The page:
Ahh, spring. That loveliest of in-between seasons, offering time for a refreshing reset and return to recreation.
It's also time for reckoning.
As in, "I reckon that pollen is not going to clean itself off my patio furniture." Or, "I reckon there's no way to shove this winter bedding into closets that seem to be breeding (and begging for Goodwill)."
And with more glorious - but also kind of pesky - sunshine illuminating every corner and crevice, it is hard to stay blind to the need for spring cleaning.
The upside? Once you surrender to its calling, and commit to the undertaking, it feels so darn good.
And we kinda figure: if tidying up our dwellings gives us the best of the seasonal feels, wouldn't tidying up our bodies do the same? Like, at the time we're mobilized to do our spring cleaning, shouldn't we ride that muster toward some spring clean eating?
Just as the effort to clean up your home will make it look stunning, operate with efficiency, and emit a more positive energy, so too will your body enjoy the same kind of output from a cleaned-up diet!
In fact, the roster of clean eating benefits is impressive and measurable: weight loss, lower inflammation, glowing skin, more energy, faster recovery, better sleep, elevated mood, sharper focus, and support of a sustainable lifestyle... to name a few of the more conspicuous.
Just as the basic tenets of housecleaning are tidying, organizing, and disinfecting, the main precepts of clean eating call for more raw/fresh ingredients, little to no processed foods, and healthy cooking methods.
From that baseline, the more particular parallels in your approach to deep spring sprucing of both your home and your nutrition abound:
Get rid of that which doesn't serve you.
The garments that aren't so timeless. The cosmetics that smell kind of funky. The table lamp that's become an eyesore (and, yeah, maybe a fire hazard). They need to go. They are not making you look, feel, or operate as intended. Same logic applies to the fake, processed, and sugary foods in your kitchen. They are overworked and underperforming, and you know what you need to do. It only hurts for a minute.
Invest in items that may cost a bit more upfront but have a higher/more sustained payoff.
A "classic capsule" wardrobe of high quality clothing outplays a closetful of fast fashion. The thoughtfully-designed mattress made of sustainable materials beats a mass-produced sleep set. And, yes, Turkish cotton towels outlast (and understink) your dorm-variety bath linens. Ahead of a bargain, consider the replacement cost. Same with the stuff you put into your body. And the stuff you use to prepare the stuff you put into your body. A simple grill, safe cookware, dependable prep gear that won't break down. Whole, fresh, organic ingredients that won't break you down. I know what your grandpa told you, but sometimes a penny spent is a penny saved later.
Organize your shelves and drawers.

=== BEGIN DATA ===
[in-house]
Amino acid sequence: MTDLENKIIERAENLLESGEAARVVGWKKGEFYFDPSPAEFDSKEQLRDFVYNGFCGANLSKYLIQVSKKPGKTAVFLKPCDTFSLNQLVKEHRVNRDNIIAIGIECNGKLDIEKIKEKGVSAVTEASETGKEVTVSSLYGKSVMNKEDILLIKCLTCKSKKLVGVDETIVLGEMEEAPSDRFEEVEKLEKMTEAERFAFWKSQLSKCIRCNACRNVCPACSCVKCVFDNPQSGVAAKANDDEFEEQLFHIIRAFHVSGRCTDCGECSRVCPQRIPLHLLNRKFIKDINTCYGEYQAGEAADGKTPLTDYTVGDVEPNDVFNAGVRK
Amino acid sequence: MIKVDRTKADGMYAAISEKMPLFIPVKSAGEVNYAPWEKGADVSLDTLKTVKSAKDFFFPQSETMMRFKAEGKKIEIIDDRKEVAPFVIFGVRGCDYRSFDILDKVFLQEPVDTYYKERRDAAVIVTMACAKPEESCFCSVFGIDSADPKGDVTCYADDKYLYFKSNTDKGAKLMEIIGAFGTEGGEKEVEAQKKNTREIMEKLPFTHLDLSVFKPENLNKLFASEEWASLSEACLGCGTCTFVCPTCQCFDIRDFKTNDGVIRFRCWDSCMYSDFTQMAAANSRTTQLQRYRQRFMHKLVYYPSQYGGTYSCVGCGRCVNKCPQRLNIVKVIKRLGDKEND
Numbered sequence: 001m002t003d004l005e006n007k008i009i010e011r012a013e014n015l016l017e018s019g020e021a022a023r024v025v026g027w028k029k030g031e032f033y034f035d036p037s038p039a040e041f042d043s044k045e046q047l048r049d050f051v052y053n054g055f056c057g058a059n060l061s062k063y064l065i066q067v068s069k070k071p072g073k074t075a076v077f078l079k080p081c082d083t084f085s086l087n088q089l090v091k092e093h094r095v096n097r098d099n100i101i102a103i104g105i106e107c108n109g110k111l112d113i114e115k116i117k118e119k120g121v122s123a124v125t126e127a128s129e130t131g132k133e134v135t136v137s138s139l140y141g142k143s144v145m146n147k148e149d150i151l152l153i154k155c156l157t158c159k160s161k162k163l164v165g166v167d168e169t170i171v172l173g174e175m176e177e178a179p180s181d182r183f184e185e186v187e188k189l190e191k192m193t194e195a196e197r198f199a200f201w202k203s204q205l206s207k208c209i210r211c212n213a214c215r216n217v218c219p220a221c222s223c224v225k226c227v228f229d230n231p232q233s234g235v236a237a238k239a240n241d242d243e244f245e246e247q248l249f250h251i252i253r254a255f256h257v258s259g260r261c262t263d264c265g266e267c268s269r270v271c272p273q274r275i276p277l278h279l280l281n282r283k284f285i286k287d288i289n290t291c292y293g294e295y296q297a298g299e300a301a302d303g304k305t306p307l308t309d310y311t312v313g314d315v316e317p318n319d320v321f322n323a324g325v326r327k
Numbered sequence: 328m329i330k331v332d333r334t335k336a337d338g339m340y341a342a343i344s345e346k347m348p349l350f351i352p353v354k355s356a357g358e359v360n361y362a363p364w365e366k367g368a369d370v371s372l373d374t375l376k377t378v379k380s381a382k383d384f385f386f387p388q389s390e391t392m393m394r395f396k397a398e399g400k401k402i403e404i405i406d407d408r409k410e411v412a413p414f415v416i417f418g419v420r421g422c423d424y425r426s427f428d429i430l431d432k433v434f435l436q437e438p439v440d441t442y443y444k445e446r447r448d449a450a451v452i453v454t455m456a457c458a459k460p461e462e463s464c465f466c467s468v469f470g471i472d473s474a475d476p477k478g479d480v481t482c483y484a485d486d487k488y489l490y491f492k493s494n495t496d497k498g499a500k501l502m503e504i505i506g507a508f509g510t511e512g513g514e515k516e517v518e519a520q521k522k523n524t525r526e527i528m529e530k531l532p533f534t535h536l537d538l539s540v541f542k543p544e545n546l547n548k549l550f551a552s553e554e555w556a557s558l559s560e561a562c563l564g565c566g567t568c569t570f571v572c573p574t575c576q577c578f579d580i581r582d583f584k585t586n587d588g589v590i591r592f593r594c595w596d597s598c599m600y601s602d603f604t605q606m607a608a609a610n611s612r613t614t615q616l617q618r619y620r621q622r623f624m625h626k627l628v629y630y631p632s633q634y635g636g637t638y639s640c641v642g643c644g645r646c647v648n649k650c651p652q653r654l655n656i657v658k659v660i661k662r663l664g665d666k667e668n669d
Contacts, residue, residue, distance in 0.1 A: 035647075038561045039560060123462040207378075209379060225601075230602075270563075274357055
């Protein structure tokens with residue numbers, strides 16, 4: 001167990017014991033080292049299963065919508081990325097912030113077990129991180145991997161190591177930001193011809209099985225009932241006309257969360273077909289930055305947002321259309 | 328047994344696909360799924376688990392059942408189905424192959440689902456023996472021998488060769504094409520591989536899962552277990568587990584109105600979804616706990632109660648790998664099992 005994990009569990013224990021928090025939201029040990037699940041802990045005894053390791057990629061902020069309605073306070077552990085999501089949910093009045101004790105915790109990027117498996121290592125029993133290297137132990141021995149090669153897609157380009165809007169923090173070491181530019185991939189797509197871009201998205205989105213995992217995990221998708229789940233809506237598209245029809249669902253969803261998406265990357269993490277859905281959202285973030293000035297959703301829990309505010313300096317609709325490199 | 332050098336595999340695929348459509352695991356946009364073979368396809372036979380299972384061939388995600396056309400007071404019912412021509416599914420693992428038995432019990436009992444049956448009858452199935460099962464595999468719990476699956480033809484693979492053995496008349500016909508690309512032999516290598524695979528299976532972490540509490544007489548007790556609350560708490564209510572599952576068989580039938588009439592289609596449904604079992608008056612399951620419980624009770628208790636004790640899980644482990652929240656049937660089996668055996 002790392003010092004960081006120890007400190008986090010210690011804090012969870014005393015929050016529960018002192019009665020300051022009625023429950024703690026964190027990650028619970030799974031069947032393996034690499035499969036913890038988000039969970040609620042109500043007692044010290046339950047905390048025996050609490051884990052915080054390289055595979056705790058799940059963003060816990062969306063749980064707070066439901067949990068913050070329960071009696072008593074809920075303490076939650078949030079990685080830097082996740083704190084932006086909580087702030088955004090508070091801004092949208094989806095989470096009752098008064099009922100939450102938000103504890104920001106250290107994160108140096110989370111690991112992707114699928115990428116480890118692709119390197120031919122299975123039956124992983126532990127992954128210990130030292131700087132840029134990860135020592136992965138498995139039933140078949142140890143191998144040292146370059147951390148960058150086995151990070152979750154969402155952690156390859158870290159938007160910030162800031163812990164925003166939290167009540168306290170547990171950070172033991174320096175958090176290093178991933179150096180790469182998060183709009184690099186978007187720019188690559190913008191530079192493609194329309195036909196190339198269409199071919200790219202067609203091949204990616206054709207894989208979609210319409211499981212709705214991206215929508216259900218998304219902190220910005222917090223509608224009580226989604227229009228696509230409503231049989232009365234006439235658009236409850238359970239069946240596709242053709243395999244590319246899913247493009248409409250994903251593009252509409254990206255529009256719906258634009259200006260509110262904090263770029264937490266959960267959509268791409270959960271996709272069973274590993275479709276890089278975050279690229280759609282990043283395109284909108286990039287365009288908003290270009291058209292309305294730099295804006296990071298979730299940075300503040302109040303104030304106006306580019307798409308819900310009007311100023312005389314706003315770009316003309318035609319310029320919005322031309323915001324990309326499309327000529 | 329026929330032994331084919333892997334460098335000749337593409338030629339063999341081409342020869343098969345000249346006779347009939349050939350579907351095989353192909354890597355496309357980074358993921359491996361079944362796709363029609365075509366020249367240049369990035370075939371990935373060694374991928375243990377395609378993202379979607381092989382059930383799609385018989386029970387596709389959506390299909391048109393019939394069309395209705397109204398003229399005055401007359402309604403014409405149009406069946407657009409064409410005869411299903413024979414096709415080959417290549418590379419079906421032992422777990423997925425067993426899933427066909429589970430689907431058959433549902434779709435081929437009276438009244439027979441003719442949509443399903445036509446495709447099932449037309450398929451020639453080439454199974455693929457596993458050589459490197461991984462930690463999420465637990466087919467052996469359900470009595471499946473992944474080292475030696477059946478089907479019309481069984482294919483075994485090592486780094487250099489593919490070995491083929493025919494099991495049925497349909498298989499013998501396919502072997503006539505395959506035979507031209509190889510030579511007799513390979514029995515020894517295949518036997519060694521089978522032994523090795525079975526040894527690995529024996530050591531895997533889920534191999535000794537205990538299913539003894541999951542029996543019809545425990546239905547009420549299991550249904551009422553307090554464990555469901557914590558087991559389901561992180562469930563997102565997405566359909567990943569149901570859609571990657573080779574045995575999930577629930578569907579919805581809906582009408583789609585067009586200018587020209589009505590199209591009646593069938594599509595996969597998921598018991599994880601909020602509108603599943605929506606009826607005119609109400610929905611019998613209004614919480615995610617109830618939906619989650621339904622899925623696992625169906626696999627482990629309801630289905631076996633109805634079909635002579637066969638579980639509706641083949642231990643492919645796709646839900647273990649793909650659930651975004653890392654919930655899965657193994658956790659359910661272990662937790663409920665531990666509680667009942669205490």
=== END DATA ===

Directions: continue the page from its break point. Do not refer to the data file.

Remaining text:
You'll best use and enjoy what you can best see and access. Orderly shelves and drawers are as key to outfit selection as they are to meal preparation. De-clutter and engage symmetry in your closets and dressers... then do the same in your pantry and fridge. Better choices are made when our brains don't have to scoot around junk or recall what's hidden. Bring forward the good stuff, arrange it harmoniously, and dress... or eat... to the nines.
Give your tools a tune-up.
We've all had that vacuum that eventually seems to blow out more than it sucks up. Likewise with the blender that jams up every 5 seconds, clumping frozen fruit under its blades. These are sad tools that make us sad. (And by that second sad, we mean enraged.) Ready or replace your gear so that it is not just marginally operational, but performing at a level that makes the task simple, worthwhile, and maybe even delightful. This goes as much for your cookware and kitchen prep tools as it does your cleaning and gardening gear.
Make your sleep more hygienic.
Traditional spring cleaning incorporates a good sleep space refresh or refurb. Flip or rotate your mattress, and wash your pillows. Or splurge on upgrades for both. Freshen up bedding, simplify your decor, and add in elements that might enhance your shut-eye - maybe a fan, white noise machine, or blackout curtain. The sleep-eating connection is a much-studied, and strong, one: crummy sleep promotes crummy eating. Conversely, practice disciplined sleep hygiene and gain a huge advantage toward making cleaner food choices.
Donate with a spirit of generosity, not just disposal.
It feels better to give away that which still has some value - some truly good life left in it - than that otherwise bound for the garbage. Delivering to a shelter the towels free of tatters and nearly-new shearling slippers has an entirely different effect than unloading a trash bag full of "well-loved" miscellany. Where and when possible, try the same strategy with food donation. As you discover how wonderful clean eating makes you feel, resolve to pass it on by dropping off fresh staples to philanthropic pantries and kitchens.
And now that you've got the mindset for this tandem springtime clean-up, let us suggest a few of our favorite recipes to give your fresh fuel a simple cook, cool dip, and flavorful prep:
Other Light-Handed Methods